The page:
Cheap data internet mobile services and affordable smart phones are bridging the digital divide in India.

The way to Bangalore’s swanky electronic city tells the story of India. You have to go past massive potholed roads before you are suddenly transformed into a super-highway that leaps over what is described as India’s Silicon Valley.

The taxi driver jokingly tells me, “the potholes remind us that we are still in India!”

Whist everyone say that potholes are a result of India’s endemic corruption, which contributes to the country’s inequitable growth and development; in the digital sphere, however, the story is different.

Affordable smart phones and very cheap mobile internet packages are giving millions of Indians the first taste of the internet by simply bypassing the era of personal computers.

young people showing their smart phones
In the streets of Banglaore, we interview people from all walks of life.  Rajnath a auto rickshaw (tuk tuk) driver tells us, "personally for me the internet is of not much use, but my customers often use GPS maps to give me  directions. Sometimes, it helps me to discover routes I wouldn’t know about. ” Mohammad Sultan, a tomoato vendor, tells us that he uses Google to look out for jobs and keep in touch with friends on Facebook.

 We visit a low-income group market, where the shopkeepers are mostly middle aged. They tell us they don’t use the internet on phones, but say that their children own smart phones.  Salim, a street garment retailer, shows us his Indian made smart phone. He proudly shows us his music collection and tells us that he is very active on whatsapp and Facebook.

India’s mobile market is growing rapidly. There are more than billion mobile phones used by over 600 million people in a country where the average age is just 25. The smart phone market, which occupies 20 % of India’s mobile market share is expected to double by 2014.

Sudhir Hasija
We meet up with Sudhir Hasija, chairman of Karbonn mobile phones- an Indian start-up manufacturing affordable mobile phones. Karbonn has a market share of 4.5% in India.  It sold 35 million handsets in just over three and half years.

The smiling chairman shows us the range of his products. His high-end smartphone is priced at Rs 11,000 ($165) and boasts all the functions of any other popular smartphones. His low -end internet enabled feature phone cost Rs 3000 ($45). The tablets made by the company are just for Rs 6000($90) and  have been given out to rural school children in various government sponsored schemes aimed at educating the less -privileged rural children. 

Mr Hasija says: “our strength lies in anticipating what people want, we know where India is growing and we have different phones for different markets.”

He says: “In India 80% of the population use low -end phones but they want a good camera; they want the radio. The 3G services don’t even exist in rural India hence they need to be given a product that look big, but also has the basic functions and can run on 2G. In urban India the demand is different.  The young population is trendy, fashionable and Facebook savvy. They prefer cheap smart phones.”

 India’s home grown smart phone companies control 30 % of the domestic market and are giving tough competition to the likes of Nokia and Samsung in the low segment category of mobile phones.

 Along side cheap mobile handsets, the mobile service providers are offering data internet at a very nominal cost.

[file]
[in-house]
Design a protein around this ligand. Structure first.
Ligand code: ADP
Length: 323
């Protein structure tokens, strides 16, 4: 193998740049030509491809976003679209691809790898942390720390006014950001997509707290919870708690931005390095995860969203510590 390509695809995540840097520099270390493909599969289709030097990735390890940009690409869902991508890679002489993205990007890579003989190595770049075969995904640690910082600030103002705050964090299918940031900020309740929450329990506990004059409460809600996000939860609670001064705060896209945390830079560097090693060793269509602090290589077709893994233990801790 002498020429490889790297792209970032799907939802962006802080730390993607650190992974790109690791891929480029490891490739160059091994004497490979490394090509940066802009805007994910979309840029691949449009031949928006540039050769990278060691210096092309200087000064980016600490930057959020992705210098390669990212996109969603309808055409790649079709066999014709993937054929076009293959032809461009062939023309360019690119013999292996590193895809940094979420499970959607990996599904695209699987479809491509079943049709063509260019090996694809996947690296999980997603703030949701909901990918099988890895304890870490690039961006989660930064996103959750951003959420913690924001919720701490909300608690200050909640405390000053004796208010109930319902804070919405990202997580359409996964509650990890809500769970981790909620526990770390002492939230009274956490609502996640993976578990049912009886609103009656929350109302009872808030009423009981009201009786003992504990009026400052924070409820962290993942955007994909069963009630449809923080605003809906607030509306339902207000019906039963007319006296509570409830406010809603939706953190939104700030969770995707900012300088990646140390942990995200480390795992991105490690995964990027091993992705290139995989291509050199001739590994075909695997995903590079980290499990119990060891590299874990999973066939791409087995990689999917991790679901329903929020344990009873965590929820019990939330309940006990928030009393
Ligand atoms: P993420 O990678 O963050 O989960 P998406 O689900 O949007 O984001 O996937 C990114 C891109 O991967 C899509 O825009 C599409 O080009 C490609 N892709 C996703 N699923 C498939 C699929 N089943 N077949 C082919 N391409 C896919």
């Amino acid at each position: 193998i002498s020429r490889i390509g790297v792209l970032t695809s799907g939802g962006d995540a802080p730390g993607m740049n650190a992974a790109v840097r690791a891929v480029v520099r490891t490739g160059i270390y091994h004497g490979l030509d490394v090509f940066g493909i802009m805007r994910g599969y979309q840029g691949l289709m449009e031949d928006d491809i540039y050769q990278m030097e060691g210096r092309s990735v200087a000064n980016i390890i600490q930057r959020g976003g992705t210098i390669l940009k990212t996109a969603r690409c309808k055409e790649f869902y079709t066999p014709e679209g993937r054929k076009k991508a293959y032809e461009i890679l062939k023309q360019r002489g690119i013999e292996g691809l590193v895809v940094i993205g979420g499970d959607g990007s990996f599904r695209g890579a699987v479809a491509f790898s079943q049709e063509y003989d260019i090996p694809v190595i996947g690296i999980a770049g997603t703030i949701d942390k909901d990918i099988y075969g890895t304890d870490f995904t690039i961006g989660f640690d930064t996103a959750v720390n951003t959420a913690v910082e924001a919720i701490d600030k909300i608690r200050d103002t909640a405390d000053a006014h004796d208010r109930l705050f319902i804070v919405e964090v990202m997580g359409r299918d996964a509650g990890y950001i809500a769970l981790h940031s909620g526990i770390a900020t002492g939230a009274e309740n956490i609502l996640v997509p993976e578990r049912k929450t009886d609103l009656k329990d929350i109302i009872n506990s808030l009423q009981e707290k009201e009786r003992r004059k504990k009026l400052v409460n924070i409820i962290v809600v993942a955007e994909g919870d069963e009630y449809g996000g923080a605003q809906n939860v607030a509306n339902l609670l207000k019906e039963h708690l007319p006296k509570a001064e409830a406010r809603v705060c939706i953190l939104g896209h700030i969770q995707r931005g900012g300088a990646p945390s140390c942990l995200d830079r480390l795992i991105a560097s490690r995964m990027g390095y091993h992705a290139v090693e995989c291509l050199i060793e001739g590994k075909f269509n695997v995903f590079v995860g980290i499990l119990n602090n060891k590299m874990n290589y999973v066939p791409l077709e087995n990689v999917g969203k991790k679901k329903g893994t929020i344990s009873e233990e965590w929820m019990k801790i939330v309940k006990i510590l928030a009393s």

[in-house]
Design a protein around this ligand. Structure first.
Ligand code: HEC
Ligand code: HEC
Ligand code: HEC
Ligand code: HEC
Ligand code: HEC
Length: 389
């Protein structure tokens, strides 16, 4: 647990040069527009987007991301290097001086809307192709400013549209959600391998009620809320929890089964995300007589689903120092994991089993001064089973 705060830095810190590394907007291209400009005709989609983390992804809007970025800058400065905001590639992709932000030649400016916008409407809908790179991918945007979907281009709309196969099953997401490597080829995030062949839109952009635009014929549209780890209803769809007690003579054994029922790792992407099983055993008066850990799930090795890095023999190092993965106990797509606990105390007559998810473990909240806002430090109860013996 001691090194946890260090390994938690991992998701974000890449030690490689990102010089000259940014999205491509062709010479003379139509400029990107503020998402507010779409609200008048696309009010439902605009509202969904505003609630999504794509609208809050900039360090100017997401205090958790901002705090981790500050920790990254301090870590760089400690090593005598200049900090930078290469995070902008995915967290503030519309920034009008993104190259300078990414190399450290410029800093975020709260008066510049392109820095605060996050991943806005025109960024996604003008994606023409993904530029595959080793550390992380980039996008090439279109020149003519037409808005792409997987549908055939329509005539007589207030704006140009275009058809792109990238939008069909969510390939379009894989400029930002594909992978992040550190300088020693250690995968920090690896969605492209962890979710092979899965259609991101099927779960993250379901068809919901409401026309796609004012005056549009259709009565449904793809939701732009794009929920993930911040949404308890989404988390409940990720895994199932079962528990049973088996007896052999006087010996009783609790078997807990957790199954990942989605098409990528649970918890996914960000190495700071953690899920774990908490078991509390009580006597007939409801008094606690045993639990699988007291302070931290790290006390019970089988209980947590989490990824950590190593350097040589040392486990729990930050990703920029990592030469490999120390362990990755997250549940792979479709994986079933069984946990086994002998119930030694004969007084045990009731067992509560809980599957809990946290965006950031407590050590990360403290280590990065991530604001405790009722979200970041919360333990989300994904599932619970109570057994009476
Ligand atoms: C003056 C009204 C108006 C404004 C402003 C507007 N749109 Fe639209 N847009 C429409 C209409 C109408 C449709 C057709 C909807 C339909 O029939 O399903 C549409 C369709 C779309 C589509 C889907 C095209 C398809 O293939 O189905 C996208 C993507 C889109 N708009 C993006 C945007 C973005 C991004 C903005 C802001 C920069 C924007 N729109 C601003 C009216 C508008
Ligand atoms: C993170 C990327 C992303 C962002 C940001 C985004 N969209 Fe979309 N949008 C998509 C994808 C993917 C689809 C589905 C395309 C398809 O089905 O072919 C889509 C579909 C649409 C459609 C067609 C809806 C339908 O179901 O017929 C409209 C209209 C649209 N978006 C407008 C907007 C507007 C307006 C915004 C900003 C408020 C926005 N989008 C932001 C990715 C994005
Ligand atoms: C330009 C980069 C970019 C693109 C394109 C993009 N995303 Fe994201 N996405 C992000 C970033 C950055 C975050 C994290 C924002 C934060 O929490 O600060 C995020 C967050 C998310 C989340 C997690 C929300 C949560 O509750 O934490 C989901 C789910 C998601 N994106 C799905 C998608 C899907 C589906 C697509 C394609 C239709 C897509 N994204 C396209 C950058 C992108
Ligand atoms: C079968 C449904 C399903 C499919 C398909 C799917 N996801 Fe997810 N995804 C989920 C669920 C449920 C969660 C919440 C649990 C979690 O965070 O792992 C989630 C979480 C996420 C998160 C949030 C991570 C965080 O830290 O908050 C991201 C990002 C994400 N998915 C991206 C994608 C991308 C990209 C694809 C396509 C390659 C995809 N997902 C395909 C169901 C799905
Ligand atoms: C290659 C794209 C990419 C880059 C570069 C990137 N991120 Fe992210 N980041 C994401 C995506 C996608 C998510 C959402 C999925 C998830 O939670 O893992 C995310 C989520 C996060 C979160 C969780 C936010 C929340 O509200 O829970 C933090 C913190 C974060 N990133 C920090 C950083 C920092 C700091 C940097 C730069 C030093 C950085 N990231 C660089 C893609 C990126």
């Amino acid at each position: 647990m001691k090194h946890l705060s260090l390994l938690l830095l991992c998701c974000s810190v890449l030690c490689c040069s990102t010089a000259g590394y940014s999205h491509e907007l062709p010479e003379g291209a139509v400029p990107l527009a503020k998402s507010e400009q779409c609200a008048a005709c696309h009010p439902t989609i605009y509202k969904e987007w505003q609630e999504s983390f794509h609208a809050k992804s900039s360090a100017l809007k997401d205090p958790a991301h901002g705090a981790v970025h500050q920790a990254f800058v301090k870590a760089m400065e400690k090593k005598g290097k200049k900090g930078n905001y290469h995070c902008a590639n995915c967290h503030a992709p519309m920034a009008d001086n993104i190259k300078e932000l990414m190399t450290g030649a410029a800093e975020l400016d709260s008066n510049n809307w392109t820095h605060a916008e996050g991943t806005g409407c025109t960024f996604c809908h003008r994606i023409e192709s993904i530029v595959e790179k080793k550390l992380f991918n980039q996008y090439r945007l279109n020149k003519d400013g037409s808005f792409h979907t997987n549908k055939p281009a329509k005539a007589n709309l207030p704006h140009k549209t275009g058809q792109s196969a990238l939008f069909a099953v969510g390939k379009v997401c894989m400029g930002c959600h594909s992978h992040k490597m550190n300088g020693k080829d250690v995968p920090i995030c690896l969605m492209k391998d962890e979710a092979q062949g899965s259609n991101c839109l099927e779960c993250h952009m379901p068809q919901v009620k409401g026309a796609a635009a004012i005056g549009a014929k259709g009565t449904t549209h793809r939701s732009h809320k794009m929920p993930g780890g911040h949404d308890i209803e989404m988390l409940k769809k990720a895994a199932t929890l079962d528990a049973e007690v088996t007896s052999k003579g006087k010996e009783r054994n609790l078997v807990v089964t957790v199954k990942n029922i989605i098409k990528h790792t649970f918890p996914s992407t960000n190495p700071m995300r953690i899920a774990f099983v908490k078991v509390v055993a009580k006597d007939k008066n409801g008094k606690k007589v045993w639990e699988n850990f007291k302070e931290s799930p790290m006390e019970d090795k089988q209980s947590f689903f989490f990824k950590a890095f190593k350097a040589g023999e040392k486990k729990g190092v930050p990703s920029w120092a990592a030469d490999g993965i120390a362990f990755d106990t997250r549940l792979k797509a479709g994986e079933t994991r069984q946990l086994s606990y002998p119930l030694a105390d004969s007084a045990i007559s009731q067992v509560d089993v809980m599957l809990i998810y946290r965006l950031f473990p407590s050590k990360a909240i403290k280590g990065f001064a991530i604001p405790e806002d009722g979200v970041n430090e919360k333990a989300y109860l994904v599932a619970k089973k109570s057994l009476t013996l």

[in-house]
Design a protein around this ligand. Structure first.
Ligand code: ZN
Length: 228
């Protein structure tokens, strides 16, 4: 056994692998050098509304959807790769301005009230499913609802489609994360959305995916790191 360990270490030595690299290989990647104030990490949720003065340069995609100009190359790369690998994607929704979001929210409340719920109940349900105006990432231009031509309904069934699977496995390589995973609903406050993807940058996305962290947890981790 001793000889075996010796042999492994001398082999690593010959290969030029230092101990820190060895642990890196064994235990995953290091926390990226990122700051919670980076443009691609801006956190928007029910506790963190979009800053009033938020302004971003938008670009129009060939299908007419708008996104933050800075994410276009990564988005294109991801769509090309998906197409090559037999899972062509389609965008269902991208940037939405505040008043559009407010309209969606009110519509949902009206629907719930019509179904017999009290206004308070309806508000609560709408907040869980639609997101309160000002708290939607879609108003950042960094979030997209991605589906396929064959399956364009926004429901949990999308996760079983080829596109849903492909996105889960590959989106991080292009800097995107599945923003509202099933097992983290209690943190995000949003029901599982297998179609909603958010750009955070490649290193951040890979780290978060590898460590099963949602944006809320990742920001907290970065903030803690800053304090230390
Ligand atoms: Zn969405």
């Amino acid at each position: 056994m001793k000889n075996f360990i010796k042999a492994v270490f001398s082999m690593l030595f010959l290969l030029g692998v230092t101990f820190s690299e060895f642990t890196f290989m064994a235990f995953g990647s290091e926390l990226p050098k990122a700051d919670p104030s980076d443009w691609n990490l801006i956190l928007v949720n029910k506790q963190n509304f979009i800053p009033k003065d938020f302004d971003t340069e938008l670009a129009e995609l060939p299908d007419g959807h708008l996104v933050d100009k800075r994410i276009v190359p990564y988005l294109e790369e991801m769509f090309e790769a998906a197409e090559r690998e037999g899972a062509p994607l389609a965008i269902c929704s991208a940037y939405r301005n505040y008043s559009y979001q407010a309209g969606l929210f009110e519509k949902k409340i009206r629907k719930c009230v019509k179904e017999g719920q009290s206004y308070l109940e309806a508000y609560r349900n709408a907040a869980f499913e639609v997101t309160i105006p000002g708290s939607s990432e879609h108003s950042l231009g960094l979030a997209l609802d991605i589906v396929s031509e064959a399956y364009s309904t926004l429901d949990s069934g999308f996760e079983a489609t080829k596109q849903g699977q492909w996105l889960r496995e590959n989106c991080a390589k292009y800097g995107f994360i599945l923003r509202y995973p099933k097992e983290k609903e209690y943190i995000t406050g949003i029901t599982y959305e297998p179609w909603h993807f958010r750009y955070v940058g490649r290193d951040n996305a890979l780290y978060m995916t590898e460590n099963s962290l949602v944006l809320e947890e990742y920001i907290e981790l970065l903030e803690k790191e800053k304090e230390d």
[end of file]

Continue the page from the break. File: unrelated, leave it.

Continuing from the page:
Bharti Airtel, an Indian telecom service provider active in 20 countries in Asia and Africa say the internet data consumption has grown by 117% compared to the corresponding figure last year. It says  2G & 3G continue to lead the mobile segment growth through deeper penetration and consumption.  The company attributes its success to the smart marketing campaign: it rolled out Re 1(0.02 cents) video downloads for its mobile customers across India to give them a taste of mobile internet experience.
Following the success, the company has more recently launched email and Facebook access services at Re 1. Bharti Airtel  has also collaborated with Google to provide Free Zone, which gives Airtel mobile customers access to mobile web search and feature-phone-friendly versions of Gmail and Google+ in India. The first page of a website linked from search results is provided at no data cost.

Rajan Anandan, VP and Managing Director, Google India says,  “the mobile Internet user base is growing really fast in India. Working with Airtel on this exciting trial means that we can offer Internet services at no cost to anyone with a phone.”

We caught up with Pieters Marten, head of Vodafone in India. He said the Internet enabled mobile phones have given a sense of privacy for the first time to many Indians. People can watch, listen and chat freely. In many Indian households such freedom doesn’t exist or is restricted.

The potential of the fast growing developing markets hasn’t gone unnoticed in the developed world. On the other side of the globe, Facebook has announced plans to drastically cut the cost of delivering basic Internet services on mobile phones, particularly in developing countries. It is an interesting example of how in the era of globalisation the rich and the developing world are connected in terms of policy and business sense!

 A report by The International Herald Tribune says that Facebook is working with major mobile manufactures to simplify phone applications so they run more efficiently on phones and networks so that they transmit more data while using less battery power.
It is hoped that in the years to come, with the efforts of global community, the internet and new technologies will greatly empower millions of people in the developing  world and help them to leap on a digital information highway much like the motorway over Bangalore’s electronic city!